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A "recycled teenager" learning to blog.

Jun 26, 2010

"Tembusu Heritage Tree" of Singapore

Excerpt from Shawn K. Y. Lum's letter (Straits Times, June 9, 2007 "For The Love Of The Tembusu") in celebration of the Tembusu tree.

[Tembusus (Fagraea fragrans) are majestic wayside trees that have their origins in the forests of South-east Asia. They are not uncommon in our secondary forests and, for some reason, these trees do exceptionally well in Singapore.

Apparently, the 'bough of a tree' does not apply to the Tembusu as all its elegant branches seem to reach for the sky, snaking vertically up. The tiny leaves on its branches add gentleness to its size. The ribbed bark, dark and carved with mysterious lines, stands in contrast to the green and light green leaves.

If you are looking for fine Tembusu specimens...the larger of them is huge and tall, but has apparently lost its crowning glory. As both trees are much darker in appearance than usual, I suspect they could be as old as 100 years].

A row of younger Tembusu trees at the Botanic Gardens.

The "Tembusu Heritage Tree" is not an ordinary Tembusu tree. It is our Singapore heritage tree at Botanic Gardens!

Wei and Dad below the "Tembusu Heritage Tree". Many generations of Singaporeans have looked up at this Tembusu at the Botanic Gardens and grown-up at a place called home...

[A Tembusu graces Singapore currency as well. The $5 note features a Tembusu of Heritage Tree status growing in the Botanic Gardens].

[The tembusu has even served as a metaphor for state-civil society relations. In an oft-quoted speech given in 1998, Ambassador-at-Large Professor Tommy Koh likened the Tembusu to the role the post-1990 Singapore Government played with respect to civil society].

[Like the Tembusu, Professor Koh noted, the Government was deep-rooted, strong and protective, but that it also permitted other plants (that is, civil society) to flourish in its vicinity].

Professor Koh had also contributed an article on "The Trees of Singapore" to the "Chicken Soup for the Singapore Soul: Stories to Inspire and Uplift the Hearts of Singaporeans". An excerpt below:

Most Singaporeans have little knowledge about the trees that surround them and taken them for granted. I once asked an artist friend who often included trees in his paintings, what sort of trees they were. He confessed that he did not know. On another occasion, I was asked to sum up a conference on civil society in Singapore. A sudden inspiration led me to pick three trees to represent the colonial era, the Lee Kuan Yew era and the Goh Chok Tong era, respectively. I said that the colonial era was like a royal palm tree - tall, aloof, with a small canopy. Civil society thrived during the colonial era because the colonial government did not provide for many of the needs of the community. The Lee Kuan Yew era was like a banyan tree - a strong and much revered tree with a huge canopy. During the Lee Kuan Yew era, civil society shrank because the government took over many of the services that used to be provided by the civil society. The Goh Chok Tong era was like a tembusu tree, a magnificicent tree with a canopy, smaller than that of the banyan tree. Senior Minister Goh had wanted to expand the space for the civil society. Later, I heard from an editor at The Straits Times that the reporter covering the conference had no idea what the three trees looked like and had to go to the Singapore Botanic Gardens to find out.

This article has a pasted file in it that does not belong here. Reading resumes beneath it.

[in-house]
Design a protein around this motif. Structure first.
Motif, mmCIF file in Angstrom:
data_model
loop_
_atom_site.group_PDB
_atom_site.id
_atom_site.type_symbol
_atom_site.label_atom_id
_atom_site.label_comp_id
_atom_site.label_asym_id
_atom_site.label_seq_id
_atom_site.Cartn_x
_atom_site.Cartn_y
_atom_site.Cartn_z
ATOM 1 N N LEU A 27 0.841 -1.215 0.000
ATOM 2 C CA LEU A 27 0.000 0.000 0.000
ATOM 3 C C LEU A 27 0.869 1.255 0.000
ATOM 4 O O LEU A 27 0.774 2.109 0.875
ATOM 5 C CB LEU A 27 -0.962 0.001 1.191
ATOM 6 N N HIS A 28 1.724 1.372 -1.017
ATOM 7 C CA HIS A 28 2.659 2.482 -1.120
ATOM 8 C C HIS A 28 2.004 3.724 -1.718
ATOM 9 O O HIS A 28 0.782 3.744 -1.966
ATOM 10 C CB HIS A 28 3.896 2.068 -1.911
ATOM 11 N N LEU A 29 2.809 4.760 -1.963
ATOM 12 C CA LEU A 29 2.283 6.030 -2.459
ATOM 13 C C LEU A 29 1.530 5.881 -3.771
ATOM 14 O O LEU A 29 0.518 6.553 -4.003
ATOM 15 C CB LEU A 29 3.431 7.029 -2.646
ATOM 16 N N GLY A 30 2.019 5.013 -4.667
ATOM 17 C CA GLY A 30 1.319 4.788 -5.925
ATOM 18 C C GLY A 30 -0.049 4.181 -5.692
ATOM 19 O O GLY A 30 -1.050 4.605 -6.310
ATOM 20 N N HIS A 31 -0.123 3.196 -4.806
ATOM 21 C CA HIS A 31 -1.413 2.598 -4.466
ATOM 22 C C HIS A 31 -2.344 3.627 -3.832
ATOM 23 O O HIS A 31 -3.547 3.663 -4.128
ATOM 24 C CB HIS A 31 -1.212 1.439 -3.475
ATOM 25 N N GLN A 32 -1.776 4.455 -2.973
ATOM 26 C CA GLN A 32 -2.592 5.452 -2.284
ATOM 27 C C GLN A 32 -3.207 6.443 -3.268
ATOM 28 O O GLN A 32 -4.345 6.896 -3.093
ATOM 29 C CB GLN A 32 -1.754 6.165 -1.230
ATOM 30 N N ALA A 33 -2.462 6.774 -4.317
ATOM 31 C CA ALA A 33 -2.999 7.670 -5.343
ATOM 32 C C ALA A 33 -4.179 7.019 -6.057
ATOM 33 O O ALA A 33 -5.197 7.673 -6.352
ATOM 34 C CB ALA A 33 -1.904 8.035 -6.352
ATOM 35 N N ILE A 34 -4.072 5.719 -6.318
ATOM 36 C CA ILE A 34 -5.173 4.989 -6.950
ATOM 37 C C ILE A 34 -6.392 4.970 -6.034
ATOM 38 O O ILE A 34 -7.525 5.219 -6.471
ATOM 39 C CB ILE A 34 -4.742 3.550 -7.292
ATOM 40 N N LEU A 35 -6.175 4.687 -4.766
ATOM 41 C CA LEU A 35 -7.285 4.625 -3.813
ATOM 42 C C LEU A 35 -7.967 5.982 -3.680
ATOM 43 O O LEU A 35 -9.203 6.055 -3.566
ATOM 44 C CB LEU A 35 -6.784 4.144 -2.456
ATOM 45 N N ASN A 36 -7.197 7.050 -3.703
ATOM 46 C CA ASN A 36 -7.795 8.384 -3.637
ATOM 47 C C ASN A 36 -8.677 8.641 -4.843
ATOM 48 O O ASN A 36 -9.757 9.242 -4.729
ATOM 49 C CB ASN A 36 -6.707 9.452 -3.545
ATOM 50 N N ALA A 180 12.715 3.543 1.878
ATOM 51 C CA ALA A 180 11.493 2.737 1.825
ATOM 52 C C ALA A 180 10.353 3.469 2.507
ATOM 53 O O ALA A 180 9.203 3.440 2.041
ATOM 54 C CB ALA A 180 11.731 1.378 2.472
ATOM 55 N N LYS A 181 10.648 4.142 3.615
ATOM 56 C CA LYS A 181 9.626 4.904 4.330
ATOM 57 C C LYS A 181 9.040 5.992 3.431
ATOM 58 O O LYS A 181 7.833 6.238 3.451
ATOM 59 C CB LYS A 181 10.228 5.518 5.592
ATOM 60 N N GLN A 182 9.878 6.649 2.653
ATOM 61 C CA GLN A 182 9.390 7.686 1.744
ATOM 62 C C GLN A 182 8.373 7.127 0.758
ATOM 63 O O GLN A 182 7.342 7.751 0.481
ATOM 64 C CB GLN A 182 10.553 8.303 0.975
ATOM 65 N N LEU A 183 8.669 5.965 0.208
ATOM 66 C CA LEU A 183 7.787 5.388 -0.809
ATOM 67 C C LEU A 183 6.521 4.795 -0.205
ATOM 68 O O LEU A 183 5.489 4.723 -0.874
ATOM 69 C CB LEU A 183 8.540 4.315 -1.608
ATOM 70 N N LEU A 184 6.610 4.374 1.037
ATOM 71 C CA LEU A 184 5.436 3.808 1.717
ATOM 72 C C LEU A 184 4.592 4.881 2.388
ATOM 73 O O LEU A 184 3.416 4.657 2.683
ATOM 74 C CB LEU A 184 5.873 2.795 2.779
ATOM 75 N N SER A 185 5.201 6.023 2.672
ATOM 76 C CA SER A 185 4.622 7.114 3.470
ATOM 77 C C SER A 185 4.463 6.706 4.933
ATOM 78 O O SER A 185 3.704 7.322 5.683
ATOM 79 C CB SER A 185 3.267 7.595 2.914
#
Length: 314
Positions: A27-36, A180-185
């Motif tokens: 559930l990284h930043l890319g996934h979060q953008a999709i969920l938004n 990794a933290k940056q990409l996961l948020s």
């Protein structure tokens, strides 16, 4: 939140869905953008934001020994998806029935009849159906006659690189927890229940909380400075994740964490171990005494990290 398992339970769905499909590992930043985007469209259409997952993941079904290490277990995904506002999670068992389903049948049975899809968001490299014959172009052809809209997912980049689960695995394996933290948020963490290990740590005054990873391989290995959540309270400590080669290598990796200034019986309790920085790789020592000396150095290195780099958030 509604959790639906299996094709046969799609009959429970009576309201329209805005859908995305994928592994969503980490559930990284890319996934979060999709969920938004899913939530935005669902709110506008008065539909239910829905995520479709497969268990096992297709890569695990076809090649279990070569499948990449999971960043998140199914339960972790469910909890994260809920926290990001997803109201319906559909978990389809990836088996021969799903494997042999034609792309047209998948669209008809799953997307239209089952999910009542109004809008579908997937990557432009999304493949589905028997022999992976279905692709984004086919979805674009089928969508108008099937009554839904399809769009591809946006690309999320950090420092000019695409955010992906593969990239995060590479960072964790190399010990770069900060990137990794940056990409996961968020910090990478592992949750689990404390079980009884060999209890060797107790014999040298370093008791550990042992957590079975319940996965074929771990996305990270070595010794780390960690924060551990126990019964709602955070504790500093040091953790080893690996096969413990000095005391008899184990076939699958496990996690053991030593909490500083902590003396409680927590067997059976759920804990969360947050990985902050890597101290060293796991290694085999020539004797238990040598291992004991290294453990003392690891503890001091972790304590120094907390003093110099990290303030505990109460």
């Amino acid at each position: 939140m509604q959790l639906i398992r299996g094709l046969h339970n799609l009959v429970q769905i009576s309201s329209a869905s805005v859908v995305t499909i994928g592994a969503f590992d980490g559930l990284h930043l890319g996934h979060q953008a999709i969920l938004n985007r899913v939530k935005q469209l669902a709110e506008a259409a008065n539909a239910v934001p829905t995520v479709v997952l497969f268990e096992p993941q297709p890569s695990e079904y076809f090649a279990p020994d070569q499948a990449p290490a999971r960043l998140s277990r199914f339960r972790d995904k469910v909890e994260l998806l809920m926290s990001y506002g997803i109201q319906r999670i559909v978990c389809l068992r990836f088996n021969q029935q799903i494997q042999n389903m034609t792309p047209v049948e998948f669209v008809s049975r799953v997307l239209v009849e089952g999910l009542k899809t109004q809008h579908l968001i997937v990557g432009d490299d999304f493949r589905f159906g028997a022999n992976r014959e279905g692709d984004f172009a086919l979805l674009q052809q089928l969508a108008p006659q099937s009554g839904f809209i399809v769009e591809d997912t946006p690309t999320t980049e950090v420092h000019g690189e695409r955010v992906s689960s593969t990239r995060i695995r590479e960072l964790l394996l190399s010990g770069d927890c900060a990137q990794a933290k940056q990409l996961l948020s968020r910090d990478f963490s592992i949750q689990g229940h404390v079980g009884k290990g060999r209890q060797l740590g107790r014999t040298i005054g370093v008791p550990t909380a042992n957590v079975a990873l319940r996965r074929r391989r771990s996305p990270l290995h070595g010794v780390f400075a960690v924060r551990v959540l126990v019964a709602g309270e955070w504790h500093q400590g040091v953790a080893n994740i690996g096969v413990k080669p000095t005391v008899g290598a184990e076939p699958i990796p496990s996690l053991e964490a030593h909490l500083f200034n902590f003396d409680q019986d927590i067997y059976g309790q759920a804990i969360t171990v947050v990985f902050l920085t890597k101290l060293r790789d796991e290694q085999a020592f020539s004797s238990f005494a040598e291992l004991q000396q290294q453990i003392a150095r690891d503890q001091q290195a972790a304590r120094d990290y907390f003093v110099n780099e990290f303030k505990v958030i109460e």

...My favourite tree in the whole of Singapore is a tembusu tree in the Singapore Botanic Gardens. It stands on a grassy field, near the revolving globe and overlooking the Swan Lake. It must be quite old because I have been a friend of this tree since I was a child. What is unique about this tree is that it has an artistic branch, which is about waist high and which grows parallel to the ground. Children love to climb on the branch and sit on it. This tree has been featured on one of our postage stamps. It is one of our 'heritage trees'. I love this tree and have a photograph of it in my bedroom.

Do you have a favourite tree?

Tommy Koh
Another article about trees in Singapore as an analogy by Professor Tommy Koh:

...I once described the Lee Kuan Yew era as the era of the banyan tree. Because the banyan tree has a large canopy, it did not leave much room for civil society to grow. I have described the Goh Chok Tong era as the era of the tembusu tree. Because the tembusu tree has a smaller canopy than the banyan tree, civil society has fared better during the Goh years and Singaporeans have enjoyed a large intellectual space. I have not yet decided which of our trees best represent the Lee Hsien Loong era. The tree I am looking for must be as strong and as deep rooted as the banyan tree and the tembusu tree, but it should have an even smaller canopy so that our civil society will continue to grow and Singaporeans will enjoy an even greater intellectual space. Singapore is, as the Prime Minister has said, a city of possibilities.

Source: "Impression of the Goh Chok Tong years in Singapore"
Preface by Tommy Koh, Chairman
Institute of Policy Studes
The recognition of the Tembusu heritage tree at Botanic Gardens will never miss it.

The lowest branch of the tree bough was so close to the ground without climbing on it.

The location of Tembusu Heritage Tree is located 0.1 kilometre from Sundial Garden, Botanic Gardens. Tembusu Heritage Tree is located 0.1 kilometre from Botanic Garden Trail. Tembusu Heritage Tree is located 0.2 kilometre from Swan Lake. Tembusu Heritage Tree is located 0.2 kilometre from Old Saga Tree, Botanic Gardens. Tembusu Heritage Tree is located 0.2 kilometre from Botanic Gardens bandstand.